10. Schedules 3 to 5 and consequential amendments

10.1
This chapter discusses the following amendments proposed in Schedules 3 to 5 to the Bill:
a proposed new aggravated offence for giving false or misleading information in relation to a security clearance (Schedule 3),
proposed amendments to the Telecommunications (Interception and Access) Act 1979 (the TIA Act) to enable telecommunications interception warrants to be requested in relation to the offences in the Bill (Schedule 4), and
amendments to the Foreign Influence Transparency Scheme Act 2018 that are proposed to come into effect if and once the Foreign Influence Transparency Scheme Bill 2017 and the Electoral Legislation Amendment (Electoral Funding and Disclosure Reform) Bill 2017 are passed by the Parliament.
10.2
This chapter also discusses a number of consequential amendments contained in Schedules 1 and 2 to the Bill, including amendments affecting:
cessation of Australian citizenship,
applications for Australian citizenship,
deportation of non-citizens,
presumption against bail, and
in-camera court proceedings.
10.3
Finally, this chapter discusses the application of mandatory non-parole periods to many of the new offences created in the Bill.

Schedule 3 – Aggravated offence for giving false or misleading information

10.4
Schedule 3 will amend Division 137 of the Criminal Code to introduce a new aggravated offence for providing false or misleading information. The maximum penalty for the existing underlying offence is 12 months imprisonment. The maximum penalty for the proposed aggravated offence will be imprisonment for five years.1

Scope of the offence

10.5
Currently, it is an offence to knowingly provide information that is false or misleading to the Commonwealth, or to knowingly provide information which omits a matter so as to make the information provided misleading.2 The Bill proposes creating an aggravated offence where the false or misleading information or omission is made in connection with the application for, or the maintenance of, an Australian Government security clearance.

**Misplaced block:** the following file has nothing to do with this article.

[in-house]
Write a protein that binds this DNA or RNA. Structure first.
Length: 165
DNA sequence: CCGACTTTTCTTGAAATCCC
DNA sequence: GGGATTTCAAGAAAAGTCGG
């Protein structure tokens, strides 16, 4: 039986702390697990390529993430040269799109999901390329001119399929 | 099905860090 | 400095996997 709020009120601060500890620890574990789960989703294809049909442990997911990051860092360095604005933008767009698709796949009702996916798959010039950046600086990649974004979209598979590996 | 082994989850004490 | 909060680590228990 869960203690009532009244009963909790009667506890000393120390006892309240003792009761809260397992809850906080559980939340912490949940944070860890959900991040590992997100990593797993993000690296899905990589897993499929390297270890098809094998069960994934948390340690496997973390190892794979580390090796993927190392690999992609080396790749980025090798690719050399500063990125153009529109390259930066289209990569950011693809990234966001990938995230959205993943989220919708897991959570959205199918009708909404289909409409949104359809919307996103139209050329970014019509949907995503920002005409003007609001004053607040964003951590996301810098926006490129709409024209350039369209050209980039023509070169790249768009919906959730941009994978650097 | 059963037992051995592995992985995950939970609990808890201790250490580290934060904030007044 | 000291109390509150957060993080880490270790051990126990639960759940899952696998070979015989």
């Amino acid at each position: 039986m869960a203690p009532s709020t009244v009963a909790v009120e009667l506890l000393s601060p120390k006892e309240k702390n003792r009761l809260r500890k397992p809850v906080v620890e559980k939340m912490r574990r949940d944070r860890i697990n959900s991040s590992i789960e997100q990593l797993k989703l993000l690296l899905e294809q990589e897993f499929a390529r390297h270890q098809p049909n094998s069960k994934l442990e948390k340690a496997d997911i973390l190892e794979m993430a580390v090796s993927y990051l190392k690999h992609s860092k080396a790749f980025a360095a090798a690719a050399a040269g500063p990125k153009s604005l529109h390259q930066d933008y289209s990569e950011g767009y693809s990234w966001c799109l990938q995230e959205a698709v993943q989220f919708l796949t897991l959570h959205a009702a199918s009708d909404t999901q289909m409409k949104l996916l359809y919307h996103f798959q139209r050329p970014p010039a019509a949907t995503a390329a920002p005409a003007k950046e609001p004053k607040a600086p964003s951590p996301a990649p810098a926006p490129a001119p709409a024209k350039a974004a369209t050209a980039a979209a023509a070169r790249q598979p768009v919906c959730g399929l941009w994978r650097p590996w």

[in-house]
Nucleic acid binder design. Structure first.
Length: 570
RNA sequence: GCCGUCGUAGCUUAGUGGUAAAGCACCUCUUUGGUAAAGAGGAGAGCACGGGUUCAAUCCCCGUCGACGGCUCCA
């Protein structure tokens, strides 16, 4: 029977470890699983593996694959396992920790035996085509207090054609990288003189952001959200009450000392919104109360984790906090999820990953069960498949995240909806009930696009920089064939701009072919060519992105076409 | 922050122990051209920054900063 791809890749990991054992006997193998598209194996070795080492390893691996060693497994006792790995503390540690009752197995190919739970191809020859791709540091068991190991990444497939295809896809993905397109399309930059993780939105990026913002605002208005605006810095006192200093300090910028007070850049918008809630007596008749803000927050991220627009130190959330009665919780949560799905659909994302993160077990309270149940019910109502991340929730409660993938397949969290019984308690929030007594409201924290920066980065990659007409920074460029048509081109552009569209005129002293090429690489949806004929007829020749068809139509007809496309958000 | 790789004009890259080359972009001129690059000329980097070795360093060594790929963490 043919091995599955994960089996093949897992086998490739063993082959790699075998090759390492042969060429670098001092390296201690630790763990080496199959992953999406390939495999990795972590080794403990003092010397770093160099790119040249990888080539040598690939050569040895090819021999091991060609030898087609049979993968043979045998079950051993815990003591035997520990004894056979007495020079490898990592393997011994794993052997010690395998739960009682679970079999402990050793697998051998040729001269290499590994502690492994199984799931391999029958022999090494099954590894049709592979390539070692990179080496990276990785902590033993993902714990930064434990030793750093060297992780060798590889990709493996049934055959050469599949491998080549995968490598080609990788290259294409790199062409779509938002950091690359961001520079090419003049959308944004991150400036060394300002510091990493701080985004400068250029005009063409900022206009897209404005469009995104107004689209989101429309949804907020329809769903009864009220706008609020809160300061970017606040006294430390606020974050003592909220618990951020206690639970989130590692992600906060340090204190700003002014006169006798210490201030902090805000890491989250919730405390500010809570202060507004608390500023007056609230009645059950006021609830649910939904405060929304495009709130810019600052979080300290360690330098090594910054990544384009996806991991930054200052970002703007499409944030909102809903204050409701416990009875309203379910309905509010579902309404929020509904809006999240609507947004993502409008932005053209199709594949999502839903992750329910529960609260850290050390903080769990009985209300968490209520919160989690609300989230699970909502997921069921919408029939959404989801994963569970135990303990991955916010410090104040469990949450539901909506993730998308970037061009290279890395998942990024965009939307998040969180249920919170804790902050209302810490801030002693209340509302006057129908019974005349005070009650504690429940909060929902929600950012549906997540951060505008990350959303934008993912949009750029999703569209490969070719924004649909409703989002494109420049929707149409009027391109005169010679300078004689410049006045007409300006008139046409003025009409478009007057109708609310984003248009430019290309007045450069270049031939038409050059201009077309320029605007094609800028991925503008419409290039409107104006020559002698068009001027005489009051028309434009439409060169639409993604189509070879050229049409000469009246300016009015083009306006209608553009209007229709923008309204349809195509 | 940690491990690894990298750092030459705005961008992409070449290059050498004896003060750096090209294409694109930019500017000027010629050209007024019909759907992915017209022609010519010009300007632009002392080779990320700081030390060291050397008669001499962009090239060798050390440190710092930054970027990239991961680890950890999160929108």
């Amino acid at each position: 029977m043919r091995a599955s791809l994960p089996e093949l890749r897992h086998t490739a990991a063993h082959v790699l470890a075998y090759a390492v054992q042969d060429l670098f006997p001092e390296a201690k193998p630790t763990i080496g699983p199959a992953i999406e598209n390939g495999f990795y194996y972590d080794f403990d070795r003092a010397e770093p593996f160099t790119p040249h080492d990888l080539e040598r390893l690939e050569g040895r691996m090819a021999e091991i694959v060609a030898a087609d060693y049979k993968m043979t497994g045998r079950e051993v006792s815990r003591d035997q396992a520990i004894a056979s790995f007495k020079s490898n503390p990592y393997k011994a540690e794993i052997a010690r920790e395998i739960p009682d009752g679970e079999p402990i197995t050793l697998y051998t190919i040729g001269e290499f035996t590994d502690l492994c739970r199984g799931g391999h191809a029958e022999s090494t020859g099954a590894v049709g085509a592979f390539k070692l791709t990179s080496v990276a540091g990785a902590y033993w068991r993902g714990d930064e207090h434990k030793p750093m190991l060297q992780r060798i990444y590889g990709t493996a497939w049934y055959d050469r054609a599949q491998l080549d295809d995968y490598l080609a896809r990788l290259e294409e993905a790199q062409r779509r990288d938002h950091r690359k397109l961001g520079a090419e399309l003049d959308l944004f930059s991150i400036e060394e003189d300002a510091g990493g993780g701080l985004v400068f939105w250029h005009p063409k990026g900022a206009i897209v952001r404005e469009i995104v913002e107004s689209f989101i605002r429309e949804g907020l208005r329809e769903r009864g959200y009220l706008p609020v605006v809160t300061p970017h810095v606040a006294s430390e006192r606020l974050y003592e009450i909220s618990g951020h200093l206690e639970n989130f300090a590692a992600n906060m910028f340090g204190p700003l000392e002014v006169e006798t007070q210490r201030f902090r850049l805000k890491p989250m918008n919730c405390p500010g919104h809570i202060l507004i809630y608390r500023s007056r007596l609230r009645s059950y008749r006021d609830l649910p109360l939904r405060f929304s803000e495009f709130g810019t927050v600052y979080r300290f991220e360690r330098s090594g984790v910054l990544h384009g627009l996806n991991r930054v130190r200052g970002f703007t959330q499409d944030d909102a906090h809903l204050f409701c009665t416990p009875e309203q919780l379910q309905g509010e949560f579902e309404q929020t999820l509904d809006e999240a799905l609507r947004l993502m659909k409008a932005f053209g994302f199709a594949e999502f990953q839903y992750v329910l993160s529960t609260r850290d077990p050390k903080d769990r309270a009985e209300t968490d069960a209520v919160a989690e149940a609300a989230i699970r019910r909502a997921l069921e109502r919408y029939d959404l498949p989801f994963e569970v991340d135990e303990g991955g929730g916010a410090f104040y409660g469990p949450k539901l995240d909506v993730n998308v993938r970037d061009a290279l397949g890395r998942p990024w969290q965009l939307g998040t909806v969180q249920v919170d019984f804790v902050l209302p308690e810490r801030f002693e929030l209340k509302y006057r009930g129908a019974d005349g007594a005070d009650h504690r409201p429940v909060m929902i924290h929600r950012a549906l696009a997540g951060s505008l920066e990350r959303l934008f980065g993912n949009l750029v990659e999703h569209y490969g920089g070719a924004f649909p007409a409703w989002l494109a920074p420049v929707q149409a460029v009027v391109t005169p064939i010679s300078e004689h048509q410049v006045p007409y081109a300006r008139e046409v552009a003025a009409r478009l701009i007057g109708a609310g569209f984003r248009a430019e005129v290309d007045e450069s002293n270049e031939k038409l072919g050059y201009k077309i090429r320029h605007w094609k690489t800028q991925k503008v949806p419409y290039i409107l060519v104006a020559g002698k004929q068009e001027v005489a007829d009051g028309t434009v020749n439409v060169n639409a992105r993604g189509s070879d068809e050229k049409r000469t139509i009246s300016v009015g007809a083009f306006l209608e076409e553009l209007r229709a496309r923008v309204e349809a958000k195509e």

10.6
The Explanatory Memorandum states that the proposed offence reflects the higher level of culpability and the serious consequences that can flow from providing misleading information in the context of the security clearance process.3 The Explanatory Memorandum provides two scenarios in which the proposed aggravated offence would apply: where a vetting applicant does not disclose that they have previously participated in military service for a foreign country; and where a security clearance holder does not disclose that they have an ongoing association with an employee of a foreign government.4
10.7
In addition to the scenarios outlined by the Explanatory Memorandum, the proposed aggravated offence would also apply to any other person who provides information as part of the security clearance process, for example, the vetting candidate’s personal referee or former employer. The Attorney-General’s Department submitted that ‘protecting the integrity of security vetting is of fundamental importance and referee checking is a key element of the vetting process’.5
10.8
The Law Council of Australia expressed concern that the offence would capture a broader range of conduct than undeclared links to foreign principal. The Law Council gave the example of a vetting applicant omitting a singular incident of recreational drug use as conduct that could fall within the scope of the proposed aggravated offence.